As always, I woke up early to play some soccer with the Saturday Mornings Korean Boy Mafia. In the afternoon I judged an English speech contest for Kosin. I had to rate students on how well they delivered a memorized a famous American speech. More on that later, but mostly you should know how hilarious it is to hear Korean high-schoolers say, “They said, they said, they said this day would never come” in an Obama accent.
In the evening I went swing dancing! As always, my meager dancing skills remind me of how little time there is available. In my second, third, and fourth lives I want to become proficient in several languages, an excellent dancer, and a ninja—but probably not in that order.
After that we went to a club—but don’t worry, mom and dad, Korean clubs so straight-laced, they make Baptist church services look like the devil’s work. Well, yes, we did have a beer, danced without being led by the Holy Spirit, and I did give out my number to a cute Korean boy. But aside from that, it was infinitely less sketchy than even the cleanest of American middle school dances.
Rules of Clubbing in Korea:
1. American girls get a discount on their cover charge.
And said cover charge includes the aforementioned mildly good beer. Double win.
2. Face the front.
No joke: The dance floor was as organized as a CRC service, minus the pews. Everyone stood in rows, respectfully facing the front of the room and dancing in a small square foot of personal space.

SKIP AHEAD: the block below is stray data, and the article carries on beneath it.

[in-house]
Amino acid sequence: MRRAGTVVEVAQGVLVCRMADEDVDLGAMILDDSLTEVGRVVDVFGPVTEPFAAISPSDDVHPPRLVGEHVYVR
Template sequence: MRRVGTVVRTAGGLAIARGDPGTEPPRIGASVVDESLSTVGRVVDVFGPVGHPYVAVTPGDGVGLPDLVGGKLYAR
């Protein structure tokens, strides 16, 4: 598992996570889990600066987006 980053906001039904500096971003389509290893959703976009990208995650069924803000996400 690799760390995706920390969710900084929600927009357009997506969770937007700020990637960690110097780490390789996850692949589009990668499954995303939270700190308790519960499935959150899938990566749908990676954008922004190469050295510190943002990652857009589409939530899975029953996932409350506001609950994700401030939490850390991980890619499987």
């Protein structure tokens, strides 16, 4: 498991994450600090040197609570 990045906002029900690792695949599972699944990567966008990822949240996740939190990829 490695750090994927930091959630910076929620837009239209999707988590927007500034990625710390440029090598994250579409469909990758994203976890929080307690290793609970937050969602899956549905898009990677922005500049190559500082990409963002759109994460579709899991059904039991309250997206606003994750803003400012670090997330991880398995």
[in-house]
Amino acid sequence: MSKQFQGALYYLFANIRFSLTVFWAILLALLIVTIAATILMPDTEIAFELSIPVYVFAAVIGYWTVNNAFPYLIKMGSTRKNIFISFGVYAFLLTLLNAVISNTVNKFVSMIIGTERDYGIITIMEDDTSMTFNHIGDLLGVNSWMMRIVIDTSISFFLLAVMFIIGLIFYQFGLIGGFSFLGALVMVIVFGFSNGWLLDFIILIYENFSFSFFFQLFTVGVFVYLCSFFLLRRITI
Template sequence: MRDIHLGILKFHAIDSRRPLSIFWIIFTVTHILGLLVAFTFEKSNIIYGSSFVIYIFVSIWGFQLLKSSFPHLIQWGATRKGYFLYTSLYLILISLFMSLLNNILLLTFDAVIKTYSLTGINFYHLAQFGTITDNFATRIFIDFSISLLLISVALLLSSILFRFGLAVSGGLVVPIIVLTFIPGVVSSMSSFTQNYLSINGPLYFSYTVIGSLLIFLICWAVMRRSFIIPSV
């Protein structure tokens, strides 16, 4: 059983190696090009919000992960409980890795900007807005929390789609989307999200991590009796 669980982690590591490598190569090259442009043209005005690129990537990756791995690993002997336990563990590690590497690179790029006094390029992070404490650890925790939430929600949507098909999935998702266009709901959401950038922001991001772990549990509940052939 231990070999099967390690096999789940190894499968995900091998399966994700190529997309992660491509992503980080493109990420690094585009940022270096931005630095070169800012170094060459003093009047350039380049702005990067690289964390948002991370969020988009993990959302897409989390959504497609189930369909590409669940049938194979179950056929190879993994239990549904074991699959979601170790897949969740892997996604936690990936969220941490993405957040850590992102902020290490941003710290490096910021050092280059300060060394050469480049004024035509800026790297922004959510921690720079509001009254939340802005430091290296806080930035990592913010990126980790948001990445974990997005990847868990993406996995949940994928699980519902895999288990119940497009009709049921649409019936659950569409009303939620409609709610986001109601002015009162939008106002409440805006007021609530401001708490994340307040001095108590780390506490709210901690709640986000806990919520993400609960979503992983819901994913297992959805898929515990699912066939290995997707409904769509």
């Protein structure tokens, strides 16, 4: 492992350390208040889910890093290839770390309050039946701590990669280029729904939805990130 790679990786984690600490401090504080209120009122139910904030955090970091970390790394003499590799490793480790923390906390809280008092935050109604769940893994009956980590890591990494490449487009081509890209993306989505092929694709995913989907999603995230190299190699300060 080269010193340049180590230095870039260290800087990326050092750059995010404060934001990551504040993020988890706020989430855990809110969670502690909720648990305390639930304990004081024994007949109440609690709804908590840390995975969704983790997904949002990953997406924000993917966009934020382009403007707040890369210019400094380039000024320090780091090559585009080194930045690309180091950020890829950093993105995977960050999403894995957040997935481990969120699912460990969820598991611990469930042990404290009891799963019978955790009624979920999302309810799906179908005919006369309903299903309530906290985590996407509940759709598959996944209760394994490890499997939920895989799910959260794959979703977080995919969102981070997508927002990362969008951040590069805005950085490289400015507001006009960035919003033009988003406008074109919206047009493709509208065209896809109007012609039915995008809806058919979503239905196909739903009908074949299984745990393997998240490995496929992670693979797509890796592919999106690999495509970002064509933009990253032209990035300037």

3. No touching.
The odd thing is, that during these precious moments of freedom from the grind of school and work—in their wildest moments of Saturday Night Bacchanalian Revelry—Korean men and women alike are apparently less likely to touch one another (sling an arm around one another? link arms?). No touching. No grinding. No close dancing. Not with strangers. Not with your girlfriend/boyfriend. The most scandalous dancing I think I saw all night was when a couple held hands and he moved her arms around through the air. I have to say, it was the oddest dance party I have ever been a part of.
4. Dance like it’s the 80s.
Koreans are good dancers, but this does not apply to their clubbing style. I reference here rule #2 and #3. Combine this with their natural enthusiasm, the current popularity of the shuffle, and perhaps a lack of creativity and you'll have some idea of the hilarity that ensued this Saturday night.
5. Smile at the foreigners
We made friends quickly on the dance floor by virtue of being 외국사람. Within seconds of our arrival near the front, a group of girls giggled a “Hello!” and started dancing with us. One asked me—screamed at me, more like, between the furious techno beats while the strobe light distorting her face oddly and her friends flailed around her—“How do you like Korea?”
It’s great, thanks for asking! You guys are nuts! *thumbs up*